What’s the hottest go-to hairstyle in Hollywood today? Simple: long locks with big, loose curls. But for everyday, this hairstyle can look a little too polished. A slightly unkempt hairstyle with big, beachy waves is more wearable around town and still cute enough for an impromptu date with the Starbucks guy. Here’s how to style it yourself:
Wash hair and towel dry just until damp. Rub in some mousse to give your hair a little volume – if your hair’s too flat on top, this hairstyle will make you look less beachy and more like you got rained on.
Blow-dry upside down without combing through; instead, just run your fingers loosely through it. Remember, we’re going for slightly unfinished here. Effortlessly beautiful and all that jazz. Brush your part to one side and grab your curling iron.
Use a curling iron with a pretty sizable barrel, like 1 1/4 inch. (I know these curls are smaller. Just listen to me, dammit.) Spiral one-inch sections of hair around the iron, hold for 20 seconds or so, then release the iron by pulling it out downward. This will keep the ends from getting too curly and will narrow the spiral just right. Make sure you’re twisting the iron towards the back of your head when curling the big chunk of hair on the one side.
A common habit for ladies who are running low on their favorite mascara is to “pump” the brush in and out of the tube to get more mascara on the brush. I’m here to tell you: stop doin’ it! This actually pushes air into the tube and dries your mascara out. Before you know it, you’ll have a clumpy mess of what used to be your lash plumping and separating best friend. No bueno!
So what’s the solution? Simple. Twist the brush while it’s inside the tube and get some more black sexy goodness on there. Your mascara will last longer, clump less and cover eyelashes better. Bellissimo! (That’s right. Spanish to Italian. Go ahead and argue with me.)
“French twist” is a catch-all term for an easy and adaptable type of updo. The basic French twist can be modified into any number of updo hairstyles – but it’s beautiful all on its own! This is a great choice for a prom or wedding hairstyle, and if you’re brave and can do anything with pin curls or braiding, you can modify it to no end. Here’s how to create the basic French twist all by your wittle self at home. C’mon baby, let’s do the Twist!
1.Use a thin, oily serum or hair gel like Garnier Sleek & Shine and grease your hair up top to bottom. Classically, this look is very finished, so we recommend greasing the front up as well. Start with a side part that has more hair on the left side of your head when looking in the mirror. (It doesn’t have to be extreme, just enough to give us some excess hair on that side.) Slick your hair back into a low ponytail at the nape of your neck and slightly off to the right – but don’t use your hairtie yet; just hold it there. Thaaaaat’s right. Keep holding it. Yeah. You’ll do what I say just ’cause I say so.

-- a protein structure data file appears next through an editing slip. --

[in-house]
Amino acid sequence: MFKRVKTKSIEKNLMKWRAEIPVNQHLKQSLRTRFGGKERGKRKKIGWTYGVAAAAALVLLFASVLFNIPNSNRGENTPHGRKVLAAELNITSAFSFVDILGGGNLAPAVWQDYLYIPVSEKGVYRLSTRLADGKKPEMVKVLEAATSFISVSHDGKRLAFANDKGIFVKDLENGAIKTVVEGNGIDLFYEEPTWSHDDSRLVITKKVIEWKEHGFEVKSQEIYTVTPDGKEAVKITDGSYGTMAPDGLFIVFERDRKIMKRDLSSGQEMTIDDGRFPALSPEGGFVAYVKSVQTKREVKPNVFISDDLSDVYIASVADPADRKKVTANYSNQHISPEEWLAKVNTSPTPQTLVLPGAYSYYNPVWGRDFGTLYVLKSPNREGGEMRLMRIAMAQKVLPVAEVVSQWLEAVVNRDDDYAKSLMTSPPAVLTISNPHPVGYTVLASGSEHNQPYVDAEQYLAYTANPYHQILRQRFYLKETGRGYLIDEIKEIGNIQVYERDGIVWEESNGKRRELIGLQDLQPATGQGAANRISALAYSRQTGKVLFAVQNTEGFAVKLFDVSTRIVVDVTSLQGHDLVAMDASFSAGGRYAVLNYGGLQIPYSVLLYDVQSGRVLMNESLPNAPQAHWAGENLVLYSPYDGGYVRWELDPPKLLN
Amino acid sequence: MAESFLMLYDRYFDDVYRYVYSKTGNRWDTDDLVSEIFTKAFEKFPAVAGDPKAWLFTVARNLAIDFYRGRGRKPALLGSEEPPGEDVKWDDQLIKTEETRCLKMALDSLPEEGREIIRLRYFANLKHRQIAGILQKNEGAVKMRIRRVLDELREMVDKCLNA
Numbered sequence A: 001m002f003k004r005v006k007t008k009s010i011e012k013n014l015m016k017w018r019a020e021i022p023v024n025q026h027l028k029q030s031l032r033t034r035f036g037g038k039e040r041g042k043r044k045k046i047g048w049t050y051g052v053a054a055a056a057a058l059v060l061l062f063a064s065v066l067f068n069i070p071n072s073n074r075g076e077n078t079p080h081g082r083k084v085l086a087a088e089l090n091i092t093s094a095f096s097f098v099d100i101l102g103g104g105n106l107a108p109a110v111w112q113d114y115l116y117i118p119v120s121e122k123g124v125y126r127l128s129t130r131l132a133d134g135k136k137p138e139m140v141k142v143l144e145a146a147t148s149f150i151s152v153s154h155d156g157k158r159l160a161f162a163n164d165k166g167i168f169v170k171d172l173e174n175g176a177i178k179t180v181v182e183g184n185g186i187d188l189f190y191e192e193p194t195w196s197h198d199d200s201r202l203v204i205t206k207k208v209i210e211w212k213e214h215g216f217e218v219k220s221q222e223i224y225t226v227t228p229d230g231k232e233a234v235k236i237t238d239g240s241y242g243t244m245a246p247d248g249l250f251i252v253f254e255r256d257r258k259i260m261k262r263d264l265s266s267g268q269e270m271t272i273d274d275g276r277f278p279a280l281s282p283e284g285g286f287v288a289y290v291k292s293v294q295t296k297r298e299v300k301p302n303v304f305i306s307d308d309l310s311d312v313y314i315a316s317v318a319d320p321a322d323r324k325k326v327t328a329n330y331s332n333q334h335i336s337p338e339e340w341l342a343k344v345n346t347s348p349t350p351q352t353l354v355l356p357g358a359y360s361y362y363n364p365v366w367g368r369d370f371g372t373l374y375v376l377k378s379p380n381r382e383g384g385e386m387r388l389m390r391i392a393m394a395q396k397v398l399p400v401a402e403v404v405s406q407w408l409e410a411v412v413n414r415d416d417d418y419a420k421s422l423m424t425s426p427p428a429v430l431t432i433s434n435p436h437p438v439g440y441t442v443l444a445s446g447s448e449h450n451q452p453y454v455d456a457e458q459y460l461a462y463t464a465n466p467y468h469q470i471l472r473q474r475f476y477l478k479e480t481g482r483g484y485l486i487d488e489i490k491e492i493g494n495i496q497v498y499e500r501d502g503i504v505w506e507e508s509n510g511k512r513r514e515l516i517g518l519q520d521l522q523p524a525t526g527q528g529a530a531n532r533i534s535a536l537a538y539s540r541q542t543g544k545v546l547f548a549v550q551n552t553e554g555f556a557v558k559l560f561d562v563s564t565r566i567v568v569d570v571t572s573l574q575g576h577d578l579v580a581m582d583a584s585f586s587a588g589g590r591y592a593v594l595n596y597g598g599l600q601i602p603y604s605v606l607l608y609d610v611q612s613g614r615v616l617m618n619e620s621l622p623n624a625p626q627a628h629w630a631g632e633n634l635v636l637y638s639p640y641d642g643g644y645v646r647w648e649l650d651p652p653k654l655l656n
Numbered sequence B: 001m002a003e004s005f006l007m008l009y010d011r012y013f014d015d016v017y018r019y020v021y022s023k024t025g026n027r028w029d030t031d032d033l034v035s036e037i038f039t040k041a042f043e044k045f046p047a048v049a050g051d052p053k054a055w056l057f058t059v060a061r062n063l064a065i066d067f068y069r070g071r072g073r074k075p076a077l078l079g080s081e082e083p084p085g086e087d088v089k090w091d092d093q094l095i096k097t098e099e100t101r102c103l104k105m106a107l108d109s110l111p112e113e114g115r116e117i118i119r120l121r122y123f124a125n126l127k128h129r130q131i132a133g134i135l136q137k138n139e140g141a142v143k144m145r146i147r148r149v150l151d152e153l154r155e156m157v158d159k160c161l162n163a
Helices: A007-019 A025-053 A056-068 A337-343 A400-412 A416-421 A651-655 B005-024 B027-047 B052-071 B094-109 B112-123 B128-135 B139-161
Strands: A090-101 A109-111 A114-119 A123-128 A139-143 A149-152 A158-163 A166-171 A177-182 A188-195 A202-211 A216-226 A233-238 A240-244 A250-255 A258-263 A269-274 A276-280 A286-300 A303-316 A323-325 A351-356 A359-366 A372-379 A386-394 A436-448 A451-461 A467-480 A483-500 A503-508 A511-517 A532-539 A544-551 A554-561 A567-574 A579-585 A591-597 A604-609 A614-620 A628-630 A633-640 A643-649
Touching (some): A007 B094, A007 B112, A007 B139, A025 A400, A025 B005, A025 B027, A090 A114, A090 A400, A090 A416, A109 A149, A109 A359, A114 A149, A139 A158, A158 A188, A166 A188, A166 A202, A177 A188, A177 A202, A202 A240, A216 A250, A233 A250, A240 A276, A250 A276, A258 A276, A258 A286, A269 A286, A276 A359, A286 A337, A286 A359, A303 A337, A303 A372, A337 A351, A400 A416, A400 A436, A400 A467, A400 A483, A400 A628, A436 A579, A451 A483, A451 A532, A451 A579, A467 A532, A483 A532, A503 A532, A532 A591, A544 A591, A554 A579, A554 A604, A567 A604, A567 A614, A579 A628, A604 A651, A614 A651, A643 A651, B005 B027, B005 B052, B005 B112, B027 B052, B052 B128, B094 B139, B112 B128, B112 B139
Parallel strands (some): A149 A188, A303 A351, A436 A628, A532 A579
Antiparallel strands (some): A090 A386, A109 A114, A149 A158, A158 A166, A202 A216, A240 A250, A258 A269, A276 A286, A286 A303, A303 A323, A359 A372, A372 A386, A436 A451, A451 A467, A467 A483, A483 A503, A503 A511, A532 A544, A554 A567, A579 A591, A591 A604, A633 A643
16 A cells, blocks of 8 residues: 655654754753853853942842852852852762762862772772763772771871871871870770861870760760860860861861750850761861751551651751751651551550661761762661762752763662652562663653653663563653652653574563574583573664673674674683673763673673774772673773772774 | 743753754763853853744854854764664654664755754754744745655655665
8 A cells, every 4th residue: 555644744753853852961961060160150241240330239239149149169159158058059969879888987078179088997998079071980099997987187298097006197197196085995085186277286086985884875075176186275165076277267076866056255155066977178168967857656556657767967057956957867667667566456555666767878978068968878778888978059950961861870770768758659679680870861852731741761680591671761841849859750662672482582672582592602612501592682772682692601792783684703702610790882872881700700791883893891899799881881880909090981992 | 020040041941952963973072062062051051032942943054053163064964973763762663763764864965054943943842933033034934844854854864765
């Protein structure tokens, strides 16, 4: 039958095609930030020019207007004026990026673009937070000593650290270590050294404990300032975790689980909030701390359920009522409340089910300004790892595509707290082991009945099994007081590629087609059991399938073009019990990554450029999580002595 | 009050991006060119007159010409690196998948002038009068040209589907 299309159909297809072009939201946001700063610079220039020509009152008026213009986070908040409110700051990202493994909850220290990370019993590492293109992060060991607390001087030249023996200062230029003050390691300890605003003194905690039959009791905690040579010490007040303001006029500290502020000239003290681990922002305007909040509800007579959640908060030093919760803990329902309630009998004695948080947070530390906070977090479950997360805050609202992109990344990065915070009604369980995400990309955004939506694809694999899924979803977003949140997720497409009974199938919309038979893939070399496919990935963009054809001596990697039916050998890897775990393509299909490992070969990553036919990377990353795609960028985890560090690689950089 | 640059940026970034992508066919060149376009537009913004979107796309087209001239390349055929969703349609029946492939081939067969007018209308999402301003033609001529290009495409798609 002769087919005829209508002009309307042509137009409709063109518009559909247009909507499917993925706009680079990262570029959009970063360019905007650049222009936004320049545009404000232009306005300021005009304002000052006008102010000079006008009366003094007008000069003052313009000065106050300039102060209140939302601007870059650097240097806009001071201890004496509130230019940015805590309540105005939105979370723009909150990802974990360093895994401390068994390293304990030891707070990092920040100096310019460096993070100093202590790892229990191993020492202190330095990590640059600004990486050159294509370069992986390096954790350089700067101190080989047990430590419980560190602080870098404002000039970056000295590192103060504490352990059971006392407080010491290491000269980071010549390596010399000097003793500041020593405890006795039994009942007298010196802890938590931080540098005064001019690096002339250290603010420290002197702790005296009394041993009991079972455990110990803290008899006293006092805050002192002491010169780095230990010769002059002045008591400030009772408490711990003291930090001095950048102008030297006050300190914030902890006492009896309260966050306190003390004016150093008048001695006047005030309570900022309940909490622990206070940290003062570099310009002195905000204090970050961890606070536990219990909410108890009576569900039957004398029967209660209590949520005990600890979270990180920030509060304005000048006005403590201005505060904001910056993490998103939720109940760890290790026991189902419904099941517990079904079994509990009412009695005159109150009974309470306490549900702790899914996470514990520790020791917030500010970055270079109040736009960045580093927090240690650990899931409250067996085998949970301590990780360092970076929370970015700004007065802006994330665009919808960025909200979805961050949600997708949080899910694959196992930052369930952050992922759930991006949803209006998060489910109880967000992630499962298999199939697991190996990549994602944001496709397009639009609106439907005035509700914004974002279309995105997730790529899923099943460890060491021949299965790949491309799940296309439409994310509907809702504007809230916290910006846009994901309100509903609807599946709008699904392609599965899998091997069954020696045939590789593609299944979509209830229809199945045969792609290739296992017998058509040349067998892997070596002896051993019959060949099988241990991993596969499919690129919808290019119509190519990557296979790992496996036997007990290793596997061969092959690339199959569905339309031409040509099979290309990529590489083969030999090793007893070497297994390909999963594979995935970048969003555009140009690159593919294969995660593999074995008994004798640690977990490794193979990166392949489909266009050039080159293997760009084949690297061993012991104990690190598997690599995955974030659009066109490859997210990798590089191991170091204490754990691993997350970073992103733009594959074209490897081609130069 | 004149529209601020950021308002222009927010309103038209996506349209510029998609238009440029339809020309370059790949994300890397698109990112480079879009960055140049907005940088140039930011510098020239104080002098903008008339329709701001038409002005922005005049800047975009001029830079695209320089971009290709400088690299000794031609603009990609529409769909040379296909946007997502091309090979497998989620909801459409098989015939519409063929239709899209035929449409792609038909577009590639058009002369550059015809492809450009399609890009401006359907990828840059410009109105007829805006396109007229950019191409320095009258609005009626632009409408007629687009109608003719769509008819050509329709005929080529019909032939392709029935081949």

2. Okay, I’m off my power trip. Bend the ponytail up against the back of your head and fold the ends of your hair down underneath the ponytail. (Note: If you have unusually long hair, first: I hate you, and second: you may have to fold your hair down a couple more times to get the top of the twist even with your head. Oh wahhh, I have to fold my long luxurious hair down more than a regular person. Poor you.) The top of the ponytail where the ends are folded under should fall right below your crown. Smooth the hair on the right side (this should be the side with less hair, if you parted as directed) against the back of your head.
Looking for a great Halloween makeup idea but no clue where to begin? Luckily, the Internet is full of beauty bloggers like myself with inspired ideas on Halloween makeup. Here are some by the look you’d like to get:
Ready for a rant? We all know marketers do plenty of things to walk the fine line between the truth and what sells – and makeup is one of the most guilty product categories. (Who hasn’t gotten a little pissed at a clearly Photoshopped mascara ad? Seriously, how is that not literally the definition of “false advertising”?!) One seemingly innocent category – the use of the term “hypoallergenic” in cosmetic packaging and marketing materials.
Hypoallergenic cosmetics are makeup products that the manufacturers and/or their marketing teams claim produce fewer allergic reactions than other cosmetic products. Tons of makeup products advertise that they’re hypoallergenic, and in a sense, they’re right – all products available on the retail market in the US are FDA-approved and thus have fewer substances in them that will cause your skin to have an allergic reaction than, say, walking through a recently pesticide-spritzed overgrowth of ragweed. The truth is, there’s no real definition of “hypoallergenic” as far as FDA regulations go. The FDA attempted to regulate the term way back in the 70s, but their rules were later declared invalid. If you have sensitive skin, you know that one product can cause a reaction as easily as another.